Rural-Urban Migration: Definition, Control, Causes & Effects

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What is Rural-Urban Migration?

Rural-urban migration or drift (Urbanization) refers to the movement of people from rural to urban areas, the corresponding decrease in the proportion of people living in rural areas, and the ways in which societies adapt to this change.

Rural-Urban Migration
Rural-Urban Migration

The movement of people from the rural areas to the urban centres.

Causes of Rural-Urban Migration

  • People move in search of better economic opportunities.
  • They move to acquire further formal education.
  • They move to find apprenticeship training opportunities in the cities.
  • Many move to join family, relations and friends.
  • People move to enjoy the products of modernization in the cities such as water., electricity etc.

Economic Consequences of Rural-Urban Drift

  1. It sometimes worsens the unemployment situation in the urban areas because it takes some time for the migrant to get employment.
  2. Resultant population explosion in the urban areas brings about increased demand for schools, hospitals, electricity, water supply, transportation, etc.
  3. It may lead to over concentration of development in the urban centres leading to continued neglect of the rural areas.
  4. It may lead to a drastic reduction in food production since it is the youths who have moved out that are actively involved in agriculture in the rural areas.
  5. There will be an increase in government expenditure for provision of socio-economic infrastructure.
  6. If the labour force is inactive, this may lead to low national income and standard of living and it could fuel inflation in the economy.
  7. It will bring about a reduction in the supply of raw materials for agro-allied industries.

Effects of Rural-Urban Migration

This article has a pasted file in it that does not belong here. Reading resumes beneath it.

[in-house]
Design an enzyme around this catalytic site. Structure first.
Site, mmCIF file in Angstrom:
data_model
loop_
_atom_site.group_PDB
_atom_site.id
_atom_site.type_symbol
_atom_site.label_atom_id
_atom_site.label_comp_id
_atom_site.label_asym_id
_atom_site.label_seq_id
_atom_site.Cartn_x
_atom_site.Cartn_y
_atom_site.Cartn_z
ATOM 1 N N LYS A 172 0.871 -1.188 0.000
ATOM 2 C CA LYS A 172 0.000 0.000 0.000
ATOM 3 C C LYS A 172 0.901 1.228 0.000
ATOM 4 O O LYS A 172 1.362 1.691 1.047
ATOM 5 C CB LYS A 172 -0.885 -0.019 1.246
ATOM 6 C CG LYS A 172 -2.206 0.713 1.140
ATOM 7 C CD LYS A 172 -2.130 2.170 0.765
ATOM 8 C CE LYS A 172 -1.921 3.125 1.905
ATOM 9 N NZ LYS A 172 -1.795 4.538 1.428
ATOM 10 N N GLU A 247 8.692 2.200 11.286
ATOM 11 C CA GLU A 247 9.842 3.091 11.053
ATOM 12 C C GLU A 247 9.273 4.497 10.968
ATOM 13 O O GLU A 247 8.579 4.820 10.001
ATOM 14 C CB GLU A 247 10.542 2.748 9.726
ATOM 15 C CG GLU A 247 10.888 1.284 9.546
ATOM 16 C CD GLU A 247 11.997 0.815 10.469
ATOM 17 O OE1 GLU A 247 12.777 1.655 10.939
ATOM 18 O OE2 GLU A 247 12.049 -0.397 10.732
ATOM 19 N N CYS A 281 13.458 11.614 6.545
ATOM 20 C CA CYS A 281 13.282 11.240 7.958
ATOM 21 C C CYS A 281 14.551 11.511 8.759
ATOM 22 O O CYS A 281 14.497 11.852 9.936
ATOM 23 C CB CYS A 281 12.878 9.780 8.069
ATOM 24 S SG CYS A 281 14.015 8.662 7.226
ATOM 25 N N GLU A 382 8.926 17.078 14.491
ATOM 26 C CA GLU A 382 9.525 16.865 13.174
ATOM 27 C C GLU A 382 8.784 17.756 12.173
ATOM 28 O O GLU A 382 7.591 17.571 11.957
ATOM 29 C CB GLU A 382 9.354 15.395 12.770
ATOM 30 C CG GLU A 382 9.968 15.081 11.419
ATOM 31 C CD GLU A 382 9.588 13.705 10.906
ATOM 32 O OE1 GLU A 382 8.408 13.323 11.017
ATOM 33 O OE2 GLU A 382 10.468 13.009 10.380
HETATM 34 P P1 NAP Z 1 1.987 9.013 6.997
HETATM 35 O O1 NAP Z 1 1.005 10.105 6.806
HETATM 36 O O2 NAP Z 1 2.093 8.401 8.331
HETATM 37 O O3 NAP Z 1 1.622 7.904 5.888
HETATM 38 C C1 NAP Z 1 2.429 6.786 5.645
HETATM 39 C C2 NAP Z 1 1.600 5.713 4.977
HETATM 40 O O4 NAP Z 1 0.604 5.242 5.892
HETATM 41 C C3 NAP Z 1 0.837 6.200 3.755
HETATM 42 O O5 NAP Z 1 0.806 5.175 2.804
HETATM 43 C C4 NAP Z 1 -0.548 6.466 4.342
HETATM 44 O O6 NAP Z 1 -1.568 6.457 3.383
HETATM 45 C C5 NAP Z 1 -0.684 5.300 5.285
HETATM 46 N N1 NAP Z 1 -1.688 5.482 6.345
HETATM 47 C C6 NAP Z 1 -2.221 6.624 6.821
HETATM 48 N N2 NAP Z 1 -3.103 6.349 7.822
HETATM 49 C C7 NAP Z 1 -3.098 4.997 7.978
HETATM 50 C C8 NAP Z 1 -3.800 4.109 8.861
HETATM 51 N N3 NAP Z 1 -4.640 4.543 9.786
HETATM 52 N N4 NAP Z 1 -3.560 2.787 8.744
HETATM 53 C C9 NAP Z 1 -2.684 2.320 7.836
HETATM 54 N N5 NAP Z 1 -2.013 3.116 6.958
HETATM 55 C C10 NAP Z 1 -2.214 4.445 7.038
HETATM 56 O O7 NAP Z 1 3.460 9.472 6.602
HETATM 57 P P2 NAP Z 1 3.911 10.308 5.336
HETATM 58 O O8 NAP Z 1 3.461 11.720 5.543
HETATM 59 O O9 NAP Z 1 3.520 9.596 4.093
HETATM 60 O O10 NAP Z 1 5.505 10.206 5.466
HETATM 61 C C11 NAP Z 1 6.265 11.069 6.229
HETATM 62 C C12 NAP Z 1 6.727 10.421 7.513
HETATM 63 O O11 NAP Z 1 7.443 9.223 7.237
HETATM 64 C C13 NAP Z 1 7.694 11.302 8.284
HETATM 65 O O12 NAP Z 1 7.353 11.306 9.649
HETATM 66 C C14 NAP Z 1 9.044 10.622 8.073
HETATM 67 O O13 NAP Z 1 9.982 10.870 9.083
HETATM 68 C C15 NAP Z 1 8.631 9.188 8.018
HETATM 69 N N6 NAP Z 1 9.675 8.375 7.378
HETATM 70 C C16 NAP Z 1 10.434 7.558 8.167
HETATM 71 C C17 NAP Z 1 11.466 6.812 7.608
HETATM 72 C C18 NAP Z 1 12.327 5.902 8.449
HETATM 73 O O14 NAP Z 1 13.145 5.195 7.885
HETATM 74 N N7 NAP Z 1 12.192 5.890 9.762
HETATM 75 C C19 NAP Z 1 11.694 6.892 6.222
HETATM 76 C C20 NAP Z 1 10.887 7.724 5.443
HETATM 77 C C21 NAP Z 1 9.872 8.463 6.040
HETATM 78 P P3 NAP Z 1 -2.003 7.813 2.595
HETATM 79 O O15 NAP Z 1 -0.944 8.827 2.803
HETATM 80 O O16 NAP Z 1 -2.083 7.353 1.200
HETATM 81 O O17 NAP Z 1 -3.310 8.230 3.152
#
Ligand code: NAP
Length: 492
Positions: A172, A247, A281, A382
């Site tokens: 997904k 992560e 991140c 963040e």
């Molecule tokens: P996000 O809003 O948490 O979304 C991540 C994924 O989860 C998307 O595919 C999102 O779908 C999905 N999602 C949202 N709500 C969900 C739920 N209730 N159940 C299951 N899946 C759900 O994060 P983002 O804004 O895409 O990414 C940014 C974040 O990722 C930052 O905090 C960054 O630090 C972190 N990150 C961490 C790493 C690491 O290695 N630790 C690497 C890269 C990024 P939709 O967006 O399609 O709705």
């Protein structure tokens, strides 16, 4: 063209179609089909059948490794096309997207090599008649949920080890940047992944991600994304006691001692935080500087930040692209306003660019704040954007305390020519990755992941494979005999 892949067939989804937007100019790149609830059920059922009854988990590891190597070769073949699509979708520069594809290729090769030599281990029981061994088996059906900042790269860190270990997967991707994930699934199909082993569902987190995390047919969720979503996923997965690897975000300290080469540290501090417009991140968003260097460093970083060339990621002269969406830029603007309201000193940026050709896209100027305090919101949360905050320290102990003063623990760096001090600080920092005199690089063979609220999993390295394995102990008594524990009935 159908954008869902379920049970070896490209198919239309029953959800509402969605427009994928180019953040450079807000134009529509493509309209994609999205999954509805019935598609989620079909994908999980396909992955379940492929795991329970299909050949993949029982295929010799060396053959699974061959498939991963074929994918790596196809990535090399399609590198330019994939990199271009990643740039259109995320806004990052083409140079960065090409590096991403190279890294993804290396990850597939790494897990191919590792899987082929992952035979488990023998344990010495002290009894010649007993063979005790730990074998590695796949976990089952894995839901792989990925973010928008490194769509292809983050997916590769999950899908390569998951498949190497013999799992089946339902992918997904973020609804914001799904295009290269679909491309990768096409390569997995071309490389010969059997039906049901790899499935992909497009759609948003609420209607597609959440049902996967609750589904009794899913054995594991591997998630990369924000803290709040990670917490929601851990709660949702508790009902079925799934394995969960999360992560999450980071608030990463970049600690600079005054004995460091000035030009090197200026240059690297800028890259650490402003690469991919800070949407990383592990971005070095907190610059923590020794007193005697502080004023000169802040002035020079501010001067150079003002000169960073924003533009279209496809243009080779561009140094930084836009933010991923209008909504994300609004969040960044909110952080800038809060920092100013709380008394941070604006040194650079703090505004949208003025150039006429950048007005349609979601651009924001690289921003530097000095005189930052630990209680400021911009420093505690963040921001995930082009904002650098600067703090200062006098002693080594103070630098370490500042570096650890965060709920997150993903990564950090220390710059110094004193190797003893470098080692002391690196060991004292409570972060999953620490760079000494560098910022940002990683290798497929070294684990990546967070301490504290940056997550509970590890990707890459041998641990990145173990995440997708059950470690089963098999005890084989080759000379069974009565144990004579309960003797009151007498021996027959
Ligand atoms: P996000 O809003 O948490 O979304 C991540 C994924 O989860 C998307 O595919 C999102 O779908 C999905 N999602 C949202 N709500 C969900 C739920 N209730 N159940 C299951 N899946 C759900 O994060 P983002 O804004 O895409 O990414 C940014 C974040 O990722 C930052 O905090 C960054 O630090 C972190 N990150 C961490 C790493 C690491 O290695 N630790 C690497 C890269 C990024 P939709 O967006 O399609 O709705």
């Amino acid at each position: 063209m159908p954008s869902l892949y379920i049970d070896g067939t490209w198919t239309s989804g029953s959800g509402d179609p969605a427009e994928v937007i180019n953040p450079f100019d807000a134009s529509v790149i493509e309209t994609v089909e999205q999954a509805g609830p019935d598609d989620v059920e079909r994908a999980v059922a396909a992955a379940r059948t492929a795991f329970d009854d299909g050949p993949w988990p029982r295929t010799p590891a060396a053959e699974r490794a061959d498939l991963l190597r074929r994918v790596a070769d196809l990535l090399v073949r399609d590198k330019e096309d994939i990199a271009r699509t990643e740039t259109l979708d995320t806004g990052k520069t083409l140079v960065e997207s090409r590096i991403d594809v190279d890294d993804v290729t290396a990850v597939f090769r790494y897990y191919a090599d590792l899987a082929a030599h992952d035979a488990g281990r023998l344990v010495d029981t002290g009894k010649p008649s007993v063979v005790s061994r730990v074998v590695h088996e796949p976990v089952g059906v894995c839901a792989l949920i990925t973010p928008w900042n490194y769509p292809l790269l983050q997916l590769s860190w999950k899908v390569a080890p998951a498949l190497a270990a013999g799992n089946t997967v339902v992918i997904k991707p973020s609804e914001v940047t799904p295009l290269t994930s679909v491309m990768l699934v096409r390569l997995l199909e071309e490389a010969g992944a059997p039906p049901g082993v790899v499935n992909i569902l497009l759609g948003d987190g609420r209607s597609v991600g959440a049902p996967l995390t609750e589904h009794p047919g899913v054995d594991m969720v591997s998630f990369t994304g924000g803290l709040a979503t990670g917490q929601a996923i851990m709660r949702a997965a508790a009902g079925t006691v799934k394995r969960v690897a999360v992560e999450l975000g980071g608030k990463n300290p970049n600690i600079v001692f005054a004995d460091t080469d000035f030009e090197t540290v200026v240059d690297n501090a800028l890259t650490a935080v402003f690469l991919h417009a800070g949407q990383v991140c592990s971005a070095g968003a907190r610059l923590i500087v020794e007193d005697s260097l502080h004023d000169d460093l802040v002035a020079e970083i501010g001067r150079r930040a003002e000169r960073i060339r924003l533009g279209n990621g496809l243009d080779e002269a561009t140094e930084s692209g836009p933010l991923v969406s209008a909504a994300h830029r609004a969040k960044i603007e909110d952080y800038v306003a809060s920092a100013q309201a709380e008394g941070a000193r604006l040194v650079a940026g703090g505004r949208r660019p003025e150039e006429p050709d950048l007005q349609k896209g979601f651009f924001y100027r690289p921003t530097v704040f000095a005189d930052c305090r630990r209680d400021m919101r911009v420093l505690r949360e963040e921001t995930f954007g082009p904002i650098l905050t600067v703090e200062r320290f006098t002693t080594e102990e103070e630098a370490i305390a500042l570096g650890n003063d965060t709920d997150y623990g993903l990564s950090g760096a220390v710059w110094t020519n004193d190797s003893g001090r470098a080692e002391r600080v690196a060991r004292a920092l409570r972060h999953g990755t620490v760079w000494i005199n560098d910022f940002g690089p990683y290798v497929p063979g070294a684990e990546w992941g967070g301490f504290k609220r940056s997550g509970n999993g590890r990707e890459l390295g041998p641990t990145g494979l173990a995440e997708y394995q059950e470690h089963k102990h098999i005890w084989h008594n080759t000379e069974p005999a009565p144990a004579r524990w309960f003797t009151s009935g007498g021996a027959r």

Massive rural-urban migration leads to the following problems:

  1. Over-population and congestion of the cities. Many cities have too many people and have become over-crowded.
  2. Over-stressing of the urban facilities such as schools, hospitals and roads. People are too many for the limited facilities.
  3. A high rate of youth unemployment occurs in large cities.
  4. Widespread crimes such as armed robbery, hard drug pushing and other forms of criminal behaviour are concentrated in big over populated cities.
  5. Many rural areas lose their youthful population to the cities.
  6. Agricultural productivity in the rural areas declines because the young ones have moved to the cities.

Control of Rural-Urban Migration

Rural-urban migration might be controlled In the following ways:

  1. By providing economic opportunies in the rural areas.
  2. By providing social infrastructural famlities such as water supply, electricity supply, schools, hospitals etc.
  3. By modernizing the agricultural sector, thereby increasing farmers income.
  4. By establishing industrial projects in the rural areas, thereby providing for the youth in such areas.
  5. By establishing arms of government departments and financial institutions. This will provide employment opportunities as well as attract some social infrastructure.